Female Mastophora catch an average of two moths per night, but as many as six or seven catches during a single night have been observed.

Mastophora hutchinsoni[edit]

The species Mastophora hutchinsoni preys exclusively on the males of a few moth species. Its major prey is Lacinipolia renigera. A study by K.F. Haynes (University of Kentucky) showed that the spider adapts to the change in prey availability, with one prey species flying from early evening until 10:30pm or so and the other only after 11:00pm. The first moth ignores the pheromone of the second, so the spider produces a mix of both pheromones early in the evening. However, since the second moth is repulsed by the other moth's pheromone, the spider ceases to produce the first pheromone later at night.[4][5]


The manner in which the bolas is swung differ between the three genera. Mastophora holds the bolas stationary with a front leg until a moth approaches, and then cocks the leg and swings the bolas towards the prey with a rapid pendulum-like stroke. Ordgarius begins to whirl the bolas rapidly when detecting an incoming moth. Cladomelea akermani whirls the bolas immediately after it is prepared for about 15 minutes, even when there is no moth present. Ordgarius sometimes has smaller droplets above the terminal one, whereas the other genera produce only one terminal globule.

Droplet anatomy[edit]

Droplets are about 2.5 mm in diameter. The internal structure is complex, consisting of a mass of curled or folded fibre embedded in a viscid matrix which is in turn surrounded by a less viscous layer. This results in the low viscosity liquid flowing past the moth's scales to reach the cuticle below, while the more viscous liquid forms a bond to the thread to sustain the moth's weight. The folded thread inside the ball permits elastic elongations which extend the spider's striking range.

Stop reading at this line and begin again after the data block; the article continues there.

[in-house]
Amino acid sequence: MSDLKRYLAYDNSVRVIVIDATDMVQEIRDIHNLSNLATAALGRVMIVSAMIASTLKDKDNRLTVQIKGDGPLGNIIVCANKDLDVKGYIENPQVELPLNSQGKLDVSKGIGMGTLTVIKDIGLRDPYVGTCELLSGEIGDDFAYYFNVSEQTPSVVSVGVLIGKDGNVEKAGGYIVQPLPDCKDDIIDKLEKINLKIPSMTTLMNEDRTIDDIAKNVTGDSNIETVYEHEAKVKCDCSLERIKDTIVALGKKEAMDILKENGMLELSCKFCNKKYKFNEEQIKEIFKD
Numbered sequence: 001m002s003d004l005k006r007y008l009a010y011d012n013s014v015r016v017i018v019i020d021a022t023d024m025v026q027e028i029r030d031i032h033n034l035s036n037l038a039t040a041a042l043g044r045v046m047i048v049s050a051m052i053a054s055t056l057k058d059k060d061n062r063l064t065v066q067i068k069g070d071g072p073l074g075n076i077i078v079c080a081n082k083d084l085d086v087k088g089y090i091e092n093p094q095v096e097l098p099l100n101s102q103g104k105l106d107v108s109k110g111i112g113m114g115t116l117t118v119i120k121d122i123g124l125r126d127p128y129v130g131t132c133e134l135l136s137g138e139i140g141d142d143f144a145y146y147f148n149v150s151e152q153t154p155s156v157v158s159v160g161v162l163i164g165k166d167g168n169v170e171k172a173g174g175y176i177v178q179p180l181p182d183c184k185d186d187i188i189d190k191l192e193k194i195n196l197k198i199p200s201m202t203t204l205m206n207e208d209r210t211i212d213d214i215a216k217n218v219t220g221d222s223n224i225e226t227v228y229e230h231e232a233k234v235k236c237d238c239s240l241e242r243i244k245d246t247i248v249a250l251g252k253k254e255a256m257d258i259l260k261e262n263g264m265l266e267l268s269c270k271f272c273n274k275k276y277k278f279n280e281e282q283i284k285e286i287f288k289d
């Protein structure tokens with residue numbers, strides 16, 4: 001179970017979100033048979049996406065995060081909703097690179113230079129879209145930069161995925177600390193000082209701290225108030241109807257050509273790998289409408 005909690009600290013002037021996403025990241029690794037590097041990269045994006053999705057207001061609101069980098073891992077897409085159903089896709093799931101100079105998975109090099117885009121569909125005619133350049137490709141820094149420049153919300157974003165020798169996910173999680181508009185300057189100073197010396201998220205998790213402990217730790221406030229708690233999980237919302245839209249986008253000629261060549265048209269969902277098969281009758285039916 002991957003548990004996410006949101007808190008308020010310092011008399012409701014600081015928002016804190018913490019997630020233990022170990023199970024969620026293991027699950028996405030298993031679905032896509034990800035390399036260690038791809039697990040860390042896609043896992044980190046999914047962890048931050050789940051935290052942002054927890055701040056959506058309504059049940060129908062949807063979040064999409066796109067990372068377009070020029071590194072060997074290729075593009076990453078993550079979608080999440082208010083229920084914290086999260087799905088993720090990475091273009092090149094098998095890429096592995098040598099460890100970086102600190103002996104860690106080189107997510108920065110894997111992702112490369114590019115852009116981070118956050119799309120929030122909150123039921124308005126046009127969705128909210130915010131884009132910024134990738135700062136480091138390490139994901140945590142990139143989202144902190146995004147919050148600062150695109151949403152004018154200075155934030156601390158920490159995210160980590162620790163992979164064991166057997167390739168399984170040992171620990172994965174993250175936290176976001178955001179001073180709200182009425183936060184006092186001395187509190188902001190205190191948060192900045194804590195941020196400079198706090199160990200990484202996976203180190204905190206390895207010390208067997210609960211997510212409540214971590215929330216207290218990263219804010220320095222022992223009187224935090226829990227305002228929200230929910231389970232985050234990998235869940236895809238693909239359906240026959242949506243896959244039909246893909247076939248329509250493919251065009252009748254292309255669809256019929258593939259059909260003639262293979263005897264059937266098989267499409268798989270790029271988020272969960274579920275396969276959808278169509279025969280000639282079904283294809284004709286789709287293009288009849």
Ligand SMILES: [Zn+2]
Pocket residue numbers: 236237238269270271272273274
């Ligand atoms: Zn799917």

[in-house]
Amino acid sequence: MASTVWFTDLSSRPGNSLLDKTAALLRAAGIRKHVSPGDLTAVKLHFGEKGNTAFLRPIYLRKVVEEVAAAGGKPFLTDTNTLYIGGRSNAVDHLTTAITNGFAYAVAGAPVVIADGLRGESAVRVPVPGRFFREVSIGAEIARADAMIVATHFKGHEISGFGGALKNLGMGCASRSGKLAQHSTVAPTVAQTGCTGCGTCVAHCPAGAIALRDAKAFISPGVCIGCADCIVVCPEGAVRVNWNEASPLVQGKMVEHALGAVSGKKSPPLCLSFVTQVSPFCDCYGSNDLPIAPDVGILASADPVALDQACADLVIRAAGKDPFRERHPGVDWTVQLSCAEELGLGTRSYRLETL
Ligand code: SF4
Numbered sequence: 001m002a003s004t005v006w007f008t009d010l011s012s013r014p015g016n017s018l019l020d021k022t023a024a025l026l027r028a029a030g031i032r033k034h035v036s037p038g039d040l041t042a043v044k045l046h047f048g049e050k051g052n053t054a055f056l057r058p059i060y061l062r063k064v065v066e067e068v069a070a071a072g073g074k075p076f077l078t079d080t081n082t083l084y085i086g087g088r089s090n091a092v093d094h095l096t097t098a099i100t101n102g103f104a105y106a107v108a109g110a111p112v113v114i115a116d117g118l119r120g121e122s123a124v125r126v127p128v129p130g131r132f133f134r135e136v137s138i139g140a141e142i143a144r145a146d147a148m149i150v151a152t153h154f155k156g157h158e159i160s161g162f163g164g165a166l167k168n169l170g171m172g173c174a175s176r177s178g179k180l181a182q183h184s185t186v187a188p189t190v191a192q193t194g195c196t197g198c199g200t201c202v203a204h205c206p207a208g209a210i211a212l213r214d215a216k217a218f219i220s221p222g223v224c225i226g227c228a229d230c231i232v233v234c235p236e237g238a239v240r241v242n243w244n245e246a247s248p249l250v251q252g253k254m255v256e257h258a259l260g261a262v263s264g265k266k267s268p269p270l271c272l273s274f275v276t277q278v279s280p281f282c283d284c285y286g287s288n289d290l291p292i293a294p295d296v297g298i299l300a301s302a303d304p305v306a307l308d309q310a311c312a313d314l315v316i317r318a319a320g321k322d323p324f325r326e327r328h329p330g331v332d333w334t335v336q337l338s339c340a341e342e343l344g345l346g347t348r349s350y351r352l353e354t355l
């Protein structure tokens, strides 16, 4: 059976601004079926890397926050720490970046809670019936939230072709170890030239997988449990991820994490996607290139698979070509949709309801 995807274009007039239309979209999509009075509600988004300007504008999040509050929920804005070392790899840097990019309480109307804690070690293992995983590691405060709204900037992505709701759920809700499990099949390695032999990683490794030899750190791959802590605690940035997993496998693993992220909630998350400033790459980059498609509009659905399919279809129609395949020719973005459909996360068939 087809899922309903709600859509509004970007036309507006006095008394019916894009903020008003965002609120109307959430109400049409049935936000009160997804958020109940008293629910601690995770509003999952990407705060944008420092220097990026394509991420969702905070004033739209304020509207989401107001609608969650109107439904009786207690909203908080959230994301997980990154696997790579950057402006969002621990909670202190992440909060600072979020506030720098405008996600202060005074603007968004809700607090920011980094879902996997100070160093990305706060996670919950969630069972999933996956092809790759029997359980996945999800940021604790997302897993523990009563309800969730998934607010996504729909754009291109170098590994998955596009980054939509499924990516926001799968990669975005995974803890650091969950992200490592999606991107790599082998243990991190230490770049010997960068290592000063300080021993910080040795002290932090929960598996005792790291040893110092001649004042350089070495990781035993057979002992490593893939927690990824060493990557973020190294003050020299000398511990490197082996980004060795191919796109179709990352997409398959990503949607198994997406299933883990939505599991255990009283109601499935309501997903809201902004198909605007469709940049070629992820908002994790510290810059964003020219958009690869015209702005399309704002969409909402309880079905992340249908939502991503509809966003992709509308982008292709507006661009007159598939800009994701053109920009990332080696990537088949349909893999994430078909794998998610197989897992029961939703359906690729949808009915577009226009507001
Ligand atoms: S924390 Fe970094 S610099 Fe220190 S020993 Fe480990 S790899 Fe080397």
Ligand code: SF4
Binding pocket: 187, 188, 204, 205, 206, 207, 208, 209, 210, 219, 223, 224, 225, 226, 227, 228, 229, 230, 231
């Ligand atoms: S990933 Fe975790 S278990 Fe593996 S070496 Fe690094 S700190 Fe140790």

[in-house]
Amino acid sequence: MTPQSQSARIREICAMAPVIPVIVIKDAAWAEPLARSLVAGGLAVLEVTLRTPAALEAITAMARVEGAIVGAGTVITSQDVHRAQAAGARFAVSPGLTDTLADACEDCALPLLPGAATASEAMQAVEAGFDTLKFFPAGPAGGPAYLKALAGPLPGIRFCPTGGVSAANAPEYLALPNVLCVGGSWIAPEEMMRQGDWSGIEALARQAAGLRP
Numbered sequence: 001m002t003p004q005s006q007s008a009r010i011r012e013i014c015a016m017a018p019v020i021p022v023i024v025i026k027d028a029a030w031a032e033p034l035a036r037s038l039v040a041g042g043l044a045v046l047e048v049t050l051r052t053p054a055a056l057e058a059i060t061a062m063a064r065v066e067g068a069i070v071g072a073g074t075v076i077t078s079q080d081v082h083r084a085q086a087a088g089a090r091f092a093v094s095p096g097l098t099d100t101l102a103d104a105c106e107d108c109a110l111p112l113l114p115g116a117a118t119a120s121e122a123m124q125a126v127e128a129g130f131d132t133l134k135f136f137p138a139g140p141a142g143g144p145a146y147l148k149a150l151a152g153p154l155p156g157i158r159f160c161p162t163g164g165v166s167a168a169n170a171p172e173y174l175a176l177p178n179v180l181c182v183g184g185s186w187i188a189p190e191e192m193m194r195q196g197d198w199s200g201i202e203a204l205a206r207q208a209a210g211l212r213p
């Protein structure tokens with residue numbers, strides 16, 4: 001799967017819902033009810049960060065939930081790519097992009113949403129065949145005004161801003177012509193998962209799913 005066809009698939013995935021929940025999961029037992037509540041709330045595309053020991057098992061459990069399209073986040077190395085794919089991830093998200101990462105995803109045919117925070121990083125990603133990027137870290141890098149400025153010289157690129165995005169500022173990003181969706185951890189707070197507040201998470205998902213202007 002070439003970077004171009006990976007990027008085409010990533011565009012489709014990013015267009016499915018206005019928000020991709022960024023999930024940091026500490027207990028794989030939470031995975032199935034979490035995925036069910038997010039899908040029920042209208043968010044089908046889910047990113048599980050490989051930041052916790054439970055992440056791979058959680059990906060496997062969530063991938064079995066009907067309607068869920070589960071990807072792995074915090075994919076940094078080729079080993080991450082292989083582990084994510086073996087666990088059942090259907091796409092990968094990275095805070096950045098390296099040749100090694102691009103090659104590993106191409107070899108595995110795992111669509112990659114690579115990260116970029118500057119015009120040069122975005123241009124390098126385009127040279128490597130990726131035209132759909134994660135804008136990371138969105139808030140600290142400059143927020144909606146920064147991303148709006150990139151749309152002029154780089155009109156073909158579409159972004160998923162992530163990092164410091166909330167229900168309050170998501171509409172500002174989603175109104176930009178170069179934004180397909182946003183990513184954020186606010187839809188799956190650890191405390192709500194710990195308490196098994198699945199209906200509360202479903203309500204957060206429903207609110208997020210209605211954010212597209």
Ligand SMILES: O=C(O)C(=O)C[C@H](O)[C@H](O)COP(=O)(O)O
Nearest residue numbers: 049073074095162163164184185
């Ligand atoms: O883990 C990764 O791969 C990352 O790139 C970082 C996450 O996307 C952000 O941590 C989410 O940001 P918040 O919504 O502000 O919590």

Bolas spiders mate in late summer. In late fall, the female spider attaches several egg-sacs suspended in the vicinity of her retreat; each one is larger than herself and contains a few hundred eggs. Males emerge as reproductively capable adults.

Natural enemies[edit]

A gryllacridid was observed feeding on the eggs of O. magnificus, and a sarcophagid parasitoid has been reared from eggs of the same species. Five species of hymenopteran parasitoids are known to attack Mastophora eggs. Tromatobia notator parasitizes M. cornigera, M. bisaccata and M. phrynosoma; Gelis sp. parasitizes M. cornigera. The eupelmids Arachnophaga abstrusa, A. ferruginea and A. picea parasitize Mastophora species, M. hutchinsoni and M. cornigera, respectively.


Cladomelea Simon, 1895

Mastophora Holmberg, 1876

Ordgarius Keyserling, 1886


  1. ^ a b Yeargan, K. V.; Quate, L. W. (1997). "Adult male bolas spiders retain juvenile hunting tactics". Oecologia. 112 (4): 572–576. doi:10.1007/s004420050347. PMID 28307636.
  2. ^ Piper, Ross (2007), Extraordinary Animals: An Encyclopedia of Curious and Unusual Animals, Greenwood Press.
  3. ^ Yeargan, K. V.; Quate, L. W. (1996). "Juvenile bolas spiders attract psychodid flies". Oecologia. 106 (2): 266–271. doi:10.1007/BF00328607. PMID 28307652.
  4. ^ "Aggressive Chemical Mimicry of Prey Pheromones".
  5. ^ Haynes, K.F.; Yeargan, K.V.; Millar, J.G.; Johnson, K.M. (2002). "How does this specialist predator attract more than one species of prey?". Chemoecology. 12 (2): 99–105. doi:10.1007/s00049-002-8332-2.
  • Gemeno, C., Yeargan, K.V. & Haynes, K.F. (2000): Aggressive Chemical Mimicry by the Bolas Spider Mastophora hutchinsoni: Identification and Quantification of a Major Prey's Sex Pheromone Components in the Spider's Volatile Emissions. Journal of Chemical Ecology 26(5): 1235-1243. Abstract - doi:10.1023/A:1005488128468
  • Yeargan, K.V. (1994): Biology of Bolas Spiders. Annual Review of Entomology 39: 81-99. doi:10.1146/annurev.en.39.010194.000501
  • Scharff, N.; Coddington, J. A. (August 1997). "A phylogenetic analysis of the orb-weaving spider family Araneidae (Arachnida, Araneae)". Zoological Journal of the Linnean Society. 120 (4): 355–434. doi:10.1111/j.1096-3642.1997.tb01281.x. closed access